Faces of Petra



 


January 16, 2019


After breakfast, we left Petra and headed south towards Aqaba, a city on the Jordan/Saudi Arabia border location of the world-famous Wadi Rum. It is an amazing desert landscape made up of monolithic rock formations that rise up from the desert floor to heights of 5740 feet. It was made famous by being the place where Prince Faisal Bin Hussein and T.E. Lawrence (Lawrence of Arabia ) headquartered during the Arab Revolt against the Ottomans. This where the movie Lawrence of Arabia was filmed as well as the recent film “The Martian”. We explored by four-wheel vehicle and saw the narrow gauge train like the one that Lawrence targeted and viewed the unique landscape. We had tea in a Bedouin tent and lunch cooked in the traditional Bedouin style under the sand.



After lunch, which got a little gritty when a sand storm started, we began our drive back to Amman. The sand storm intensified, then turns into a thunderstorm, then a hail storm and finally as we entered Amman a snow storm. We checked into the Four Seasons and showered the sand out of our hair, had dinner and then after a little weather based uncertainty took four-wheel vehicles to the airport to catch our one AM flight back to the United States through Paris. What an incredible adventure!


 

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Egypt Revealed

by on Jan.22, 2019, under Happenings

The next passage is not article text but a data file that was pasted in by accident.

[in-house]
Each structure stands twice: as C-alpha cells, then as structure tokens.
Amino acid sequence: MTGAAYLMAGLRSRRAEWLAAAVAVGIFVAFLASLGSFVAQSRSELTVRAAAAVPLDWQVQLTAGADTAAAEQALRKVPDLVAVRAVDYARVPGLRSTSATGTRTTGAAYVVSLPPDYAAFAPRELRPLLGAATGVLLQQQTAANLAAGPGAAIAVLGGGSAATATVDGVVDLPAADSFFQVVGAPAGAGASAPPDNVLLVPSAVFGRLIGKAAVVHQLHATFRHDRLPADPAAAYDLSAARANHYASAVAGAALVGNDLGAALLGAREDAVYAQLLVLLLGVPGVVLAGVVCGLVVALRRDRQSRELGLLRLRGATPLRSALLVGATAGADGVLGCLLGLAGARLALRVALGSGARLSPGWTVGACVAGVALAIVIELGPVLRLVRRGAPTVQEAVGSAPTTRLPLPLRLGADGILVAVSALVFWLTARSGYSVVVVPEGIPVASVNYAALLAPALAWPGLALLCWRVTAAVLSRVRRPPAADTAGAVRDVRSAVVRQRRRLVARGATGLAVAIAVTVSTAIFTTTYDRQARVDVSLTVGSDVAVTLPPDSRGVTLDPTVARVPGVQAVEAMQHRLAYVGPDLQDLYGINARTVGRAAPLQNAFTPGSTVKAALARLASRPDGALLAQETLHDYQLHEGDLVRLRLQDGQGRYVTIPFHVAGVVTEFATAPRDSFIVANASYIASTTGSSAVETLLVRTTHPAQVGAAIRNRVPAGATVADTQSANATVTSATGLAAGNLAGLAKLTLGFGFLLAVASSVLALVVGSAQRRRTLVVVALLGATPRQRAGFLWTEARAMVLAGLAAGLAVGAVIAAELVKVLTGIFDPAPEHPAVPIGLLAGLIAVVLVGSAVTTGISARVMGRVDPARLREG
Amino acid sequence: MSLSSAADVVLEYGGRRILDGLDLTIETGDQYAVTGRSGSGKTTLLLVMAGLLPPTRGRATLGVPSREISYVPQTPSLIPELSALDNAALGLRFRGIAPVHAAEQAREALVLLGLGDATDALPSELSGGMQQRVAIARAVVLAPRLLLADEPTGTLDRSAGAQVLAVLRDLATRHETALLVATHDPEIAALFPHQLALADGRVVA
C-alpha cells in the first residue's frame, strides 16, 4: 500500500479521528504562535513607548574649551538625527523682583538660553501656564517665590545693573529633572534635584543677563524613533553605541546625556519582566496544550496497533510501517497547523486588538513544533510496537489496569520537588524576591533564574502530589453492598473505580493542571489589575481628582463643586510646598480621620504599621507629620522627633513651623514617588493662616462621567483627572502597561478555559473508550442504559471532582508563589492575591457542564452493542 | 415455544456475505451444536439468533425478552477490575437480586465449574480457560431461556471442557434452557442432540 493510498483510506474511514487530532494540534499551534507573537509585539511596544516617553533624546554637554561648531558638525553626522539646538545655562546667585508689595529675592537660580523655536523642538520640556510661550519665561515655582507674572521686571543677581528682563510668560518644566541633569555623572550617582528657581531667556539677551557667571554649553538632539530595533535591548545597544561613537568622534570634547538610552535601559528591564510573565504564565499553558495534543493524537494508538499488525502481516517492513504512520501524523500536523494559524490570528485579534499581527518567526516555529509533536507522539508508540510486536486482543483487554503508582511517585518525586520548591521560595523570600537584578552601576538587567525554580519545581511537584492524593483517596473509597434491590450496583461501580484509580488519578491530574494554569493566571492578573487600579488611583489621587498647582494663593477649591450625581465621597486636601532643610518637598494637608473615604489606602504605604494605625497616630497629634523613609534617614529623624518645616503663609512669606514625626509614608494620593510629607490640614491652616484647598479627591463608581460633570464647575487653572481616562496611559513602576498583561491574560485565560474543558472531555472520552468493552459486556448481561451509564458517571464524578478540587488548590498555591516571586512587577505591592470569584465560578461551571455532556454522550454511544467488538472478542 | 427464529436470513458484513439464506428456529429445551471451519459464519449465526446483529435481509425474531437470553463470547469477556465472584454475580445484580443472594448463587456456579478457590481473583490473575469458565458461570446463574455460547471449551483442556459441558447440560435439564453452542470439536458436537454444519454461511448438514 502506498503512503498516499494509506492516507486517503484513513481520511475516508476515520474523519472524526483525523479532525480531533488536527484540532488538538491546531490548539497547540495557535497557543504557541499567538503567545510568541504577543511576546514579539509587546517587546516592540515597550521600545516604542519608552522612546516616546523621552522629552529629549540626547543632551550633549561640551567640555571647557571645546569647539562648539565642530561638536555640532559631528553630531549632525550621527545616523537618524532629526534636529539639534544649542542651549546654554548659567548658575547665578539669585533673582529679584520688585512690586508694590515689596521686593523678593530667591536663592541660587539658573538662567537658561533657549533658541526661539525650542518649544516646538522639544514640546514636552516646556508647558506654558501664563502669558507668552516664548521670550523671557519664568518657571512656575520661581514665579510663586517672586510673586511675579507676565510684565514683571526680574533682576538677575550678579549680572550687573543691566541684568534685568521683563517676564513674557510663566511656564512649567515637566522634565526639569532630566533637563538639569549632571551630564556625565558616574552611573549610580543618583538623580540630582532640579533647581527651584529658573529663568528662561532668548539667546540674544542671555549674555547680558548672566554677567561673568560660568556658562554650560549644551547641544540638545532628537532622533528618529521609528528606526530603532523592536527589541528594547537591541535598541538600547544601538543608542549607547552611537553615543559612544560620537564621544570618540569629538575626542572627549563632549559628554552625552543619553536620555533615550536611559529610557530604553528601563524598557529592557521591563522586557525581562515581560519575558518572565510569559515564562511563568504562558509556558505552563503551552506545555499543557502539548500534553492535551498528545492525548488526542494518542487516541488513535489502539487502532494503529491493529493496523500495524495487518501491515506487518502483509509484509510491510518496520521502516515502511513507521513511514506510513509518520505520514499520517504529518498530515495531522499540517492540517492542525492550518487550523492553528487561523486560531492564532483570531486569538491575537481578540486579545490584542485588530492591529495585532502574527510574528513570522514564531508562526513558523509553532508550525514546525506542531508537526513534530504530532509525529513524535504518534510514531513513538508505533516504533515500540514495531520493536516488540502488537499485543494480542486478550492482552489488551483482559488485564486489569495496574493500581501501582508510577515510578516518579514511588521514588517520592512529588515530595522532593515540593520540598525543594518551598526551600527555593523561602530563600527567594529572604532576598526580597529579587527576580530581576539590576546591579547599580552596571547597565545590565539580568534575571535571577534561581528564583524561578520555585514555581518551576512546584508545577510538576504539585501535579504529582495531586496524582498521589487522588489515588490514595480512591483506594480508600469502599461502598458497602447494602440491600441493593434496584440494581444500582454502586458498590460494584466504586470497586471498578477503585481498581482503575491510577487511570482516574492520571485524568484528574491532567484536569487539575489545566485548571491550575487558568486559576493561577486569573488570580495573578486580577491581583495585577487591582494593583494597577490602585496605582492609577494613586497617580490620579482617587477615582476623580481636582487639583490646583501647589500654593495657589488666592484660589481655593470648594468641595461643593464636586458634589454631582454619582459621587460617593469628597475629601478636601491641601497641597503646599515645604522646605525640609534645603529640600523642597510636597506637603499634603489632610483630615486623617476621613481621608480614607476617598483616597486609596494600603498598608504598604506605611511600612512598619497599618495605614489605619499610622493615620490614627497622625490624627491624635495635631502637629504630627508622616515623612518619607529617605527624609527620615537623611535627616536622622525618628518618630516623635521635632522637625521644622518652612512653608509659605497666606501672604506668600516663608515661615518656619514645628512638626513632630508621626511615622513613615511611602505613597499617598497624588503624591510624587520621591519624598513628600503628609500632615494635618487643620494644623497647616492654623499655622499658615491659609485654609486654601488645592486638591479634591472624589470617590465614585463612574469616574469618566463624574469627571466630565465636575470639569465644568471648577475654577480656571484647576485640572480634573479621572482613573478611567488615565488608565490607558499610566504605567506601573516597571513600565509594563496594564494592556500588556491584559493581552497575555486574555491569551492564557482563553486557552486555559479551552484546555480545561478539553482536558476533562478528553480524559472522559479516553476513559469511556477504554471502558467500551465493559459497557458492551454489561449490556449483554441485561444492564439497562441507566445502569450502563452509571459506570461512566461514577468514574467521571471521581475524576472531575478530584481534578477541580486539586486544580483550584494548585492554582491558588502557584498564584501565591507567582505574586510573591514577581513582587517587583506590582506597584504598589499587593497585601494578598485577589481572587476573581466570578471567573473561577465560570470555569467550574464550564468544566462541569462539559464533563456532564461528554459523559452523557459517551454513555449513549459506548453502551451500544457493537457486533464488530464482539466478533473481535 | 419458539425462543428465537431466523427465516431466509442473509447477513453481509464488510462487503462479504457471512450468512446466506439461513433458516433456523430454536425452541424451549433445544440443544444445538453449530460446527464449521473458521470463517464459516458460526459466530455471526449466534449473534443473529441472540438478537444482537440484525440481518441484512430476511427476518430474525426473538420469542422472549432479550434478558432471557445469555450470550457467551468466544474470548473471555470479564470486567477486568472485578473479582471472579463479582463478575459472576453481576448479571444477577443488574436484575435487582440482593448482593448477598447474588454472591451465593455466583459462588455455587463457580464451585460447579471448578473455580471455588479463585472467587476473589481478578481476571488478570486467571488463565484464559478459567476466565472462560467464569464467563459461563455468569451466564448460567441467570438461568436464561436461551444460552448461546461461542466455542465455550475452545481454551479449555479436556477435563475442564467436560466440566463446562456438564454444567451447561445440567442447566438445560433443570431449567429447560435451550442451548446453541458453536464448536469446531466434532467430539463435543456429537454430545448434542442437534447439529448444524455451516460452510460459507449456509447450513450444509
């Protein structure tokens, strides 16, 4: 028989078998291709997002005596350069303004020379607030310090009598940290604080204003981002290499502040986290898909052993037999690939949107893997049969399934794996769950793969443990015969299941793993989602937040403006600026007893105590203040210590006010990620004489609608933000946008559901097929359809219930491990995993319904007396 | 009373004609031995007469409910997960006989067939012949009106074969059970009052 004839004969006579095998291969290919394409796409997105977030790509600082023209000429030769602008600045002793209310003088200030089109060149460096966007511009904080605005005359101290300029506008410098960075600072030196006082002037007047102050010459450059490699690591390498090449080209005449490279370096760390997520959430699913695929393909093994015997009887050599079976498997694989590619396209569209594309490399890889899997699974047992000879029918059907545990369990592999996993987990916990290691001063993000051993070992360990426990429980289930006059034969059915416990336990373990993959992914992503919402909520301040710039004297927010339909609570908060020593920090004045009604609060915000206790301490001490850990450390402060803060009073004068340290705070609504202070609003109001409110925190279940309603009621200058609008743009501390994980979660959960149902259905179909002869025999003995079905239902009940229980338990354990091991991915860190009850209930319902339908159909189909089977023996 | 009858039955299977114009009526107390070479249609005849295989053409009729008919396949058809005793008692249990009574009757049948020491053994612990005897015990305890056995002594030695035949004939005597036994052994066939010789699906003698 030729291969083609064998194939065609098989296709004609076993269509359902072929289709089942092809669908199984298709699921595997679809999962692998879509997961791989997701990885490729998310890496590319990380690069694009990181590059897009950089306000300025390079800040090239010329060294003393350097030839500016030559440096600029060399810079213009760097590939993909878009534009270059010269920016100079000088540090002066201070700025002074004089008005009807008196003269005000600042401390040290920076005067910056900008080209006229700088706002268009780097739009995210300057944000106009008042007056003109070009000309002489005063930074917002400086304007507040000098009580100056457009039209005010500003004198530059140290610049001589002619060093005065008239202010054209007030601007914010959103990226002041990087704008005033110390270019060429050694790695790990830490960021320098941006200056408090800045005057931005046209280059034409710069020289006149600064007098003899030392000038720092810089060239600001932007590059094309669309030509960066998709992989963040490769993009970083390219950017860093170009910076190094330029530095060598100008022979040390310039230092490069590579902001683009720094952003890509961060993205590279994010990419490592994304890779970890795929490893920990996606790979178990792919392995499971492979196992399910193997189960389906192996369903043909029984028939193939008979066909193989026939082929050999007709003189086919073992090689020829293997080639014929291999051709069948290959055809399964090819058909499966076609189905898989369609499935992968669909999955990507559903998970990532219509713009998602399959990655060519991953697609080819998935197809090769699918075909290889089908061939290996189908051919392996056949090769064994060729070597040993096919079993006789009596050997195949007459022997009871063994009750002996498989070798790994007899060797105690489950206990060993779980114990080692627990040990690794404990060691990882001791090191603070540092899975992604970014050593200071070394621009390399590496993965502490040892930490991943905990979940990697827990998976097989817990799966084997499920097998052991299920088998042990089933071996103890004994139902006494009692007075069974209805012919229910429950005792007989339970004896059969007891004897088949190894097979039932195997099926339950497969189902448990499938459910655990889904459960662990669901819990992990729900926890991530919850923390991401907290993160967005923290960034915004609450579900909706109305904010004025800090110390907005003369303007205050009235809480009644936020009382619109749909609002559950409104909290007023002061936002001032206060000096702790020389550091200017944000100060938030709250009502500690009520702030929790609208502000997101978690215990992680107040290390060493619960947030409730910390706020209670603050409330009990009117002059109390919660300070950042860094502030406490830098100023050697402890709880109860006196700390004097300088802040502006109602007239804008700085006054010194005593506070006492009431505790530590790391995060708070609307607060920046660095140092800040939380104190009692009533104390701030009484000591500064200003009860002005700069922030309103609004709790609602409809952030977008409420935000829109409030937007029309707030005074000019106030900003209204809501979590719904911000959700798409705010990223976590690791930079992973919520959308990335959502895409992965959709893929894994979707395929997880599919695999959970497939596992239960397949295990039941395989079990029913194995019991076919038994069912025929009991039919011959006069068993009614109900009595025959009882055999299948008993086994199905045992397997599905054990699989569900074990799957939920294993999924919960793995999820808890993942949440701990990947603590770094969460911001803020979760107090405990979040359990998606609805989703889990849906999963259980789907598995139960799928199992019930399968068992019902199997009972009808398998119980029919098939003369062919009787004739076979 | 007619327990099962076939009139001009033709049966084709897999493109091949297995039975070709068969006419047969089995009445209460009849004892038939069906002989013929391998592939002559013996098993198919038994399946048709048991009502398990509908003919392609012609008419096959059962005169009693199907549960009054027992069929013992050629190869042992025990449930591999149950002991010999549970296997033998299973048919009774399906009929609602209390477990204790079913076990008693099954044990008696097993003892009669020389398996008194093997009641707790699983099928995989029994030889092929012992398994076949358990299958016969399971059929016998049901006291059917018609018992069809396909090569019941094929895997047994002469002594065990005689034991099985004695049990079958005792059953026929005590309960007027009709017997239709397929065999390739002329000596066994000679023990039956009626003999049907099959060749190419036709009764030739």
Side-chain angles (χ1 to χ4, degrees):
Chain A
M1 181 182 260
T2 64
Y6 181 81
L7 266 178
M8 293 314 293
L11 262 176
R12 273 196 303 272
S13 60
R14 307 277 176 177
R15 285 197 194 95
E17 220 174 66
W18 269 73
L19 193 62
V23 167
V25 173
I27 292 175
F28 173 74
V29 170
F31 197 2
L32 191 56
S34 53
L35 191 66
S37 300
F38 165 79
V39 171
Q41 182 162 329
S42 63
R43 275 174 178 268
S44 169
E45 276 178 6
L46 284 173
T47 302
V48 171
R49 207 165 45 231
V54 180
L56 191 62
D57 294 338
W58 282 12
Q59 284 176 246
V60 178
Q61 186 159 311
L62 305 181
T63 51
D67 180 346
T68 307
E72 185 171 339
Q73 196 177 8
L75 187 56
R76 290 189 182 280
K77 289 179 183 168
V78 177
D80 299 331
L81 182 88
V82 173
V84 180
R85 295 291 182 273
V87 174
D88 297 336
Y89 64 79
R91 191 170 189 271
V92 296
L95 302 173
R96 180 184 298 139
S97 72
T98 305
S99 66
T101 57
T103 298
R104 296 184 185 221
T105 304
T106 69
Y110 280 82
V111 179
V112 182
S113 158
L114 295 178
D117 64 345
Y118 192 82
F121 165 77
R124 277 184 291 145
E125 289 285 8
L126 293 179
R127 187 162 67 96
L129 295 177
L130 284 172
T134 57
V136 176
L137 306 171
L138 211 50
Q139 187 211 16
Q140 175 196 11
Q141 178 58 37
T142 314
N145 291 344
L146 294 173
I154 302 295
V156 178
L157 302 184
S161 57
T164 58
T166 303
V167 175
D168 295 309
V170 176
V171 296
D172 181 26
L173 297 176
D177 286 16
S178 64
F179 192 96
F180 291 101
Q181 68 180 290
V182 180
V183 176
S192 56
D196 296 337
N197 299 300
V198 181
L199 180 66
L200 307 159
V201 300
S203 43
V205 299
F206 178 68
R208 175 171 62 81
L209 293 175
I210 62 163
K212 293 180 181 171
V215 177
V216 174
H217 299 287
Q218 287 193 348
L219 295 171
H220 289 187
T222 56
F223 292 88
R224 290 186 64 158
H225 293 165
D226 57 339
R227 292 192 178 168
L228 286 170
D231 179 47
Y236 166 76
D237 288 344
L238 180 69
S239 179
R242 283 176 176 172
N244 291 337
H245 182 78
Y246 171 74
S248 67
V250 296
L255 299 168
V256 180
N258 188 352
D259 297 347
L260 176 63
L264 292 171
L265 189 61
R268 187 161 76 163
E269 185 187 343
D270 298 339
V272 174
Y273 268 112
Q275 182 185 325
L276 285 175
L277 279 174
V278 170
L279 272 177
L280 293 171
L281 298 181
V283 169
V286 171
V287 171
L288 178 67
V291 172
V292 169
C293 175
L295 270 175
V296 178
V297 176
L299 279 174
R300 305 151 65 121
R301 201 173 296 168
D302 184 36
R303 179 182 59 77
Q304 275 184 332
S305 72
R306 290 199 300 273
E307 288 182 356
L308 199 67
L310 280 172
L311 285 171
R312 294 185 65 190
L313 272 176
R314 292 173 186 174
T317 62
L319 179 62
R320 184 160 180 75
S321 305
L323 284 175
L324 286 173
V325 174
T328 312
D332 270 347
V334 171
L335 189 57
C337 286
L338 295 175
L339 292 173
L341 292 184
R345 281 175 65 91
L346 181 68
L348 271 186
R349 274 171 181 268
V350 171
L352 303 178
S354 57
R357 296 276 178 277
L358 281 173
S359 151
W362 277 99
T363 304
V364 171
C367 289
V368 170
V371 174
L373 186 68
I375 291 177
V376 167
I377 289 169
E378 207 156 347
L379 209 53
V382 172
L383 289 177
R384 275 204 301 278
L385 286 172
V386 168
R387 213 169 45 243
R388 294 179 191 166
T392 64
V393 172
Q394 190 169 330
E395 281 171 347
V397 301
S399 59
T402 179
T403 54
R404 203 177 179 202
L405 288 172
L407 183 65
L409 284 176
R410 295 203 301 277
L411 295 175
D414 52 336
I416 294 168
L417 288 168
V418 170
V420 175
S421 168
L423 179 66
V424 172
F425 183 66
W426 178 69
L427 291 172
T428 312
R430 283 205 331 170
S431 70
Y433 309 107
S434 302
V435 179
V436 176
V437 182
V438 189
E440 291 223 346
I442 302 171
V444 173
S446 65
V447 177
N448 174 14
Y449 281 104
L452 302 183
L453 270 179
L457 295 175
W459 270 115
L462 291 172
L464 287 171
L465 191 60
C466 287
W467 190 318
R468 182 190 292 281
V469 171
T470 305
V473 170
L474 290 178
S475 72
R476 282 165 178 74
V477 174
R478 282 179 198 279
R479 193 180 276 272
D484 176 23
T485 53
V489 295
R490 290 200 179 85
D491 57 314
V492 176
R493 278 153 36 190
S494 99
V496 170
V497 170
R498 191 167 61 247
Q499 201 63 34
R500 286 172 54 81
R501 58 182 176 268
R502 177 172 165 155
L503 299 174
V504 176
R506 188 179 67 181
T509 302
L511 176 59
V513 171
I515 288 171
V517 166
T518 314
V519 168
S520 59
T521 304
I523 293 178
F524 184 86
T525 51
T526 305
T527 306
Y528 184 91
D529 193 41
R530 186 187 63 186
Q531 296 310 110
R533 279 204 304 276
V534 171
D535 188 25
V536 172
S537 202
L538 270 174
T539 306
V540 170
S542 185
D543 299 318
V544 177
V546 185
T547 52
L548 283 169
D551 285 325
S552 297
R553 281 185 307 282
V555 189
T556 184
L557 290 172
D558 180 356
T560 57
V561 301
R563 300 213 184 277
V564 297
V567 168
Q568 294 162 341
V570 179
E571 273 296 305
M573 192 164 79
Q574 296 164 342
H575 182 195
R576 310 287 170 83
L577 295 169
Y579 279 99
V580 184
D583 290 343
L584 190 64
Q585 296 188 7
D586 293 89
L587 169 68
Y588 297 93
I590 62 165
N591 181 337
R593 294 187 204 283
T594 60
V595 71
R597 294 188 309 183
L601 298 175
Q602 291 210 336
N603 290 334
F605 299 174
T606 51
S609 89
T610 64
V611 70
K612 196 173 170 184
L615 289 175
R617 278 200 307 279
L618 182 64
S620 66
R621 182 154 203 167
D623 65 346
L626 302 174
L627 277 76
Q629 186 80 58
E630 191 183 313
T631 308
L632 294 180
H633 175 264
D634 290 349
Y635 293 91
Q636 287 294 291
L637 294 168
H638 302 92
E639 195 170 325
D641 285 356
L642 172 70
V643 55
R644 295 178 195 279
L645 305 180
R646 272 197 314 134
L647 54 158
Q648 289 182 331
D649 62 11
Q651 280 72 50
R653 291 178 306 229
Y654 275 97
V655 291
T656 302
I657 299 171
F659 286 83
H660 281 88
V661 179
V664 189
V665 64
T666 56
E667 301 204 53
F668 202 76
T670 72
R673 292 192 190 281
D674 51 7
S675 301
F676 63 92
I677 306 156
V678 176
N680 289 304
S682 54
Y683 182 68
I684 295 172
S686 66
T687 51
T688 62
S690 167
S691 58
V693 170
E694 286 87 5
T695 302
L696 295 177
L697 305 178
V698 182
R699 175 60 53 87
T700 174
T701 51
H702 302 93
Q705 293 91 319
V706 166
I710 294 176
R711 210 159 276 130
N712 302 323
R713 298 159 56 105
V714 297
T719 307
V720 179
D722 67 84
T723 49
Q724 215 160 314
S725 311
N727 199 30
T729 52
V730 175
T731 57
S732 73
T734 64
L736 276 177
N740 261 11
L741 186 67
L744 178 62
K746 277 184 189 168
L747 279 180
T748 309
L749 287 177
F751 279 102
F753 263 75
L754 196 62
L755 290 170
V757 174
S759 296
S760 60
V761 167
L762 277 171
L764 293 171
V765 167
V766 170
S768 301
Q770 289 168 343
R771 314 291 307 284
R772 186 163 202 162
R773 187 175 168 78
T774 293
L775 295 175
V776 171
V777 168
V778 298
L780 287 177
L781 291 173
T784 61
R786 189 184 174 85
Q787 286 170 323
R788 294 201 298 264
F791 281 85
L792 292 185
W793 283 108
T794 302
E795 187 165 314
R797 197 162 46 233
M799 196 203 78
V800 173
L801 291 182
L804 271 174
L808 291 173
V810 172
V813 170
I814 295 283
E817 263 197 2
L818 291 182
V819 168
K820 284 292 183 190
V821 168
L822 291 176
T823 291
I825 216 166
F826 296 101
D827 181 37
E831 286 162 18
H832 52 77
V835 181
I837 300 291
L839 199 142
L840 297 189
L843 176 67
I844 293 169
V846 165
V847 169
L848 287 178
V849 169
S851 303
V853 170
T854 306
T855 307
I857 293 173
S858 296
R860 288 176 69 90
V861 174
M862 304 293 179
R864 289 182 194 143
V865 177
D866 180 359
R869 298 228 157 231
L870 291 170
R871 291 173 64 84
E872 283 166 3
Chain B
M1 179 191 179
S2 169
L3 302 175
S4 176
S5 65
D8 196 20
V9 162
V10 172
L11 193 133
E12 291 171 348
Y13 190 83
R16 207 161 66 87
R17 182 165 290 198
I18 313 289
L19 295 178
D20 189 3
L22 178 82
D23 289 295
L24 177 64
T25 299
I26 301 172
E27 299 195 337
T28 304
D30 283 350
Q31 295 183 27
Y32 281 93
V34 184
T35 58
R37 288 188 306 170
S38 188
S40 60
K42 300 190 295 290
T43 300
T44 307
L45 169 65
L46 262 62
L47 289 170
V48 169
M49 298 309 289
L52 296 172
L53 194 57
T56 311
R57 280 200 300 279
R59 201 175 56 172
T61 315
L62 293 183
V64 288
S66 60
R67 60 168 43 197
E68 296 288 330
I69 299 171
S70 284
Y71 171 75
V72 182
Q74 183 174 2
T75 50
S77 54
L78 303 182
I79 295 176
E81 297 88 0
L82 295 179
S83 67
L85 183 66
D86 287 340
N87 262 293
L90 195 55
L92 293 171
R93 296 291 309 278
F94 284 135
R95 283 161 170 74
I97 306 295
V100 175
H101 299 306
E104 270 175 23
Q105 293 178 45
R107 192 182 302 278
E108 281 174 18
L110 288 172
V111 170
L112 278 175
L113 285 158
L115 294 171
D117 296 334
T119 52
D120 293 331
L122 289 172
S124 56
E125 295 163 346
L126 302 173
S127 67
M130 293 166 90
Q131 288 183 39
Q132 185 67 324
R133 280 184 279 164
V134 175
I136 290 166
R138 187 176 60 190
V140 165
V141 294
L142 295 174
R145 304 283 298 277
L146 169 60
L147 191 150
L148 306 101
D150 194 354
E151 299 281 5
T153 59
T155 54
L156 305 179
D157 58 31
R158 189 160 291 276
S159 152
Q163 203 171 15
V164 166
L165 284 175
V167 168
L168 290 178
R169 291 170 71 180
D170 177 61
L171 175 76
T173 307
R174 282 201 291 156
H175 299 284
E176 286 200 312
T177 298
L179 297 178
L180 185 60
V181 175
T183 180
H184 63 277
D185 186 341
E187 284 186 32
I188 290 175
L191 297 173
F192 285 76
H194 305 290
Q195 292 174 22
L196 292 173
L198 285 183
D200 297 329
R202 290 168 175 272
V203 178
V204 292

We traveled to Eygpt as part of a trip sponsored by the YPO group and organized by Wendy Pangburn principle of Pangburn International (PI). The people on the trip and the PI team were absolutely great, with outstanding guides (Egyptologist), lecturers and information resources. This was not just a fabulous sightseeing experience it was an in-depth educational opportunity. We arrived a day early, and checked into the famous Mena House Hotel. The next day (normal arrival day) we had a bonus excursion to the village of Saqqara. There we saw the oldest stone structures in Egypt, the Step Pyramids 2700 BC, the tomb of Pharaoh Zoser, the Saqqara temple complex and a local rug weaving school. That evening at the opening reception and dinner the keynote speaker was Dr. Zahi Hawass, former Egyptian minister of Antiquities and world-renowned archaeologist.


January 6, 2019



January 7, 2019


The next day we visited the Pyramids of Giza, the Sphinx and got a preview tour of the new Grand Egyptian Museum. We started at the largest pyramid the tomb of Pharaoh Khufu built between 2560 and 2580 BC. It is 481 feet high and the base is 756 feet square. It is constructed of 2.3 million blocks of limestone and granite. There are three other smaller pyramids in the complex, tombs of son and grandson of Khufu, Khafre and Menkaure as well as pharaoh’s wives.



We then visited the Khufu ship which is an intact full-size vessel (143 feet long 19.6 feet wide) from ancient Egypt that was sealed into a pit in the Giza pyramid complex at the foot of the Great Pyramid. The ship now is preserved in the Giza Solar boat museum.



Next Stop the Sphinx



The new Grand Egyptian Museum (GEM) under construction will be 5,000,2000 square feet, housing 125,000 artifacts. We did a preview tour of the construction and some of the exhibits under development.



Finally we toured the current Egyptian Museum



The first day ended with dinner Nile riverside with Professor Salima Ikram and students from American University in Cairo. Quite a first day.


January 8, 2019